After seeing several low and no budget horror flicks now I’ve learned to look past a lack of funds unless a filmmaker is trying to make a multimillion dollar movie without the millions needed. Here Richard Anthony Dunford seems to know exactly what his limitations are so keeps it simple from an FX standpoint with just some excellent makeup effects concentrating instead where he should; on just telling a good story. I can look past poor acting talents as you’re not going to get Benedict Cumberbatch to star in a micro-budget film but I have to say that while POV may not win any acting Oscars for anyone it is well above average for such a film where, in general, the cast is made up of friends or family willing to help out. Also by keeping the movie mostly confined to a house party people can pretty much just be themselves dropping any skill level required significantly which is a smart move that not enough others follow making films like this. So that leaves us with just the story putting everything else aside. The story Mr Dunford tells is a good one, a compelling one and one that while not the newest idea ever is done with originality where it could have easily been done extremely cheesy but POV never becomes cheesy. POV is beyond just watchable it managed to hold my attention and intrigue me all the way through. Story is what matters and Mr Dunsford tells a good one here. I look forward to what he can do with a little bit of a budget since he did so well on this one. From a pure storytelling aspect he reminded me of Ivan Cavanaugh (Tin Can Man, The Canal) who I thoroughly enjoy so I hope for a bright future. The Scribbler Clock Test was easily passed and I’d give POV a well-deserved 3.5 out of 5 score.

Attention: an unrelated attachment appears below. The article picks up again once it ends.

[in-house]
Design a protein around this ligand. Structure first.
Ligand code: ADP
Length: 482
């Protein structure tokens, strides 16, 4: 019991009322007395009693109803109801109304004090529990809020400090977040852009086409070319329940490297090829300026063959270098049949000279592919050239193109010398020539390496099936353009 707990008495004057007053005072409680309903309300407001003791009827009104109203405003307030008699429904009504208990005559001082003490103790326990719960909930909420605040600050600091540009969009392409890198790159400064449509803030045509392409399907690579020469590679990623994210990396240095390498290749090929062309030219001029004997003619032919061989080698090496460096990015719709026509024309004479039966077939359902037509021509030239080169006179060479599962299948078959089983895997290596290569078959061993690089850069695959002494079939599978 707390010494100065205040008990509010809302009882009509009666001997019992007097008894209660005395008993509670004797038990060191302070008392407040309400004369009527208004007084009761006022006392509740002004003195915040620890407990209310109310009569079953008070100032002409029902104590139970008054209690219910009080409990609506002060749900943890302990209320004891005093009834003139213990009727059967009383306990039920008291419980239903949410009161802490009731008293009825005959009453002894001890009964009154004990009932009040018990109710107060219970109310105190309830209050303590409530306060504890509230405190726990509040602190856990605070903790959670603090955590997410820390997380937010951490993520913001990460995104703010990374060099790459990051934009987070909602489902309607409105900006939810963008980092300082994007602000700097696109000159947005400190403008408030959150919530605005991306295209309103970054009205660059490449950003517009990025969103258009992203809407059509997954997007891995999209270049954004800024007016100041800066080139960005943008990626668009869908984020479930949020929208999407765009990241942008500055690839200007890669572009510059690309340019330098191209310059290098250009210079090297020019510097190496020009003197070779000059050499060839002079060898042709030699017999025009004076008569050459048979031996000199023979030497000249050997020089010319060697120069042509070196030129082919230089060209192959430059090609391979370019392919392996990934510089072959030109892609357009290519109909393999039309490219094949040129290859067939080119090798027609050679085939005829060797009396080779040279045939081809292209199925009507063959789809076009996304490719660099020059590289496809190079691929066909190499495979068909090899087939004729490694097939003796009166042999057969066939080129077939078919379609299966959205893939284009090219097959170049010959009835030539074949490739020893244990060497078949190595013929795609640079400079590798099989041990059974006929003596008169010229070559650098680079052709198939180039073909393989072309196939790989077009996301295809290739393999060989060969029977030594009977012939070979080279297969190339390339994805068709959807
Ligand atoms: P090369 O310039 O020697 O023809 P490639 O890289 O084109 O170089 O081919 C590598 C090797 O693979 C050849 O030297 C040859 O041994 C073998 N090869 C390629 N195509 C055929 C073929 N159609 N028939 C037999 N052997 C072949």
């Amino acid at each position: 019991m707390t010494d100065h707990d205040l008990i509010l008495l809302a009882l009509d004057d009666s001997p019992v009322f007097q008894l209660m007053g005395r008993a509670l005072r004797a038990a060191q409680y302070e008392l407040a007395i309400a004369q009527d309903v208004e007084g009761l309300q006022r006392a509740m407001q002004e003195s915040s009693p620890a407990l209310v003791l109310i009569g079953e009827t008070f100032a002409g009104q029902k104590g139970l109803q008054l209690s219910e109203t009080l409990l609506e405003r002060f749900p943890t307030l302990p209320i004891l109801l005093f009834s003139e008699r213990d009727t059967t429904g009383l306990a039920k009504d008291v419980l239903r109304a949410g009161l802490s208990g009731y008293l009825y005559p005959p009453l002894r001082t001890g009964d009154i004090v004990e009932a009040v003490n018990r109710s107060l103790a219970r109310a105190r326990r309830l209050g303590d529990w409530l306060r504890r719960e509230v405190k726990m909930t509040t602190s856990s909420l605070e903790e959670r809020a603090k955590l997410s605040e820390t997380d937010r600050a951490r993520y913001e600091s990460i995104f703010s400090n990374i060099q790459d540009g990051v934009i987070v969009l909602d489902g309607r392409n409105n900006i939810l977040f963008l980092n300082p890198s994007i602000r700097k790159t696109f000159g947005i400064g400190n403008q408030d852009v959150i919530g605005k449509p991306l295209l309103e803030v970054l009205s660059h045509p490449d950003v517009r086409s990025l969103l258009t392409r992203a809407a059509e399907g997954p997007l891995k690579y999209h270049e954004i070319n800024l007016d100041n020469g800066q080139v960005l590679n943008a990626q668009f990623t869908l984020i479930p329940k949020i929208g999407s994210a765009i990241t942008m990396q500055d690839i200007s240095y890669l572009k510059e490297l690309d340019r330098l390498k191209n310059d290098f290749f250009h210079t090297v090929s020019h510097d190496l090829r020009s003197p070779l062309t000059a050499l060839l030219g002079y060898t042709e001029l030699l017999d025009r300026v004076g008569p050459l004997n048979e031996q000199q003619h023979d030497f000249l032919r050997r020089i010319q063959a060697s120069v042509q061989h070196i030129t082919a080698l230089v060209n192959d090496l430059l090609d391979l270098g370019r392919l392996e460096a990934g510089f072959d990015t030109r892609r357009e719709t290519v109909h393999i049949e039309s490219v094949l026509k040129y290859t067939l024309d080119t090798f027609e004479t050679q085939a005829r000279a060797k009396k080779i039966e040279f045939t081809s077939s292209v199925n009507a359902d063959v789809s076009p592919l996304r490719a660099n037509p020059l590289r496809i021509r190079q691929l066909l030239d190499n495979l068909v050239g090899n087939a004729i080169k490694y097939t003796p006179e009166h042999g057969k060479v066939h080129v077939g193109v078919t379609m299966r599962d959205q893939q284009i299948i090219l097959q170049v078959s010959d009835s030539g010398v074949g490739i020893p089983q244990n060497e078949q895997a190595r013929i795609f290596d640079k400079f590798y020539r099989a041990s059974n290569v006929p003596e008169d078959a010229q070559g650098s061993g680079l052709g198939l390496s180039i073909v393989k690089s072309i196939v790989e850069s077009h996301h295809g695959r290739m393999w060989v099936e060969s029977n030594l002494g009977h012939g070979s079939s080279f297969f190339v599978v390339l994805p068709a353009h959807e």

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Feind loves watching movies of all kinds so if we watch it, we tell whether you should as well. I'll share mostly horror but I also enjoy everything from big Blockbusters to micro-budget Independent films.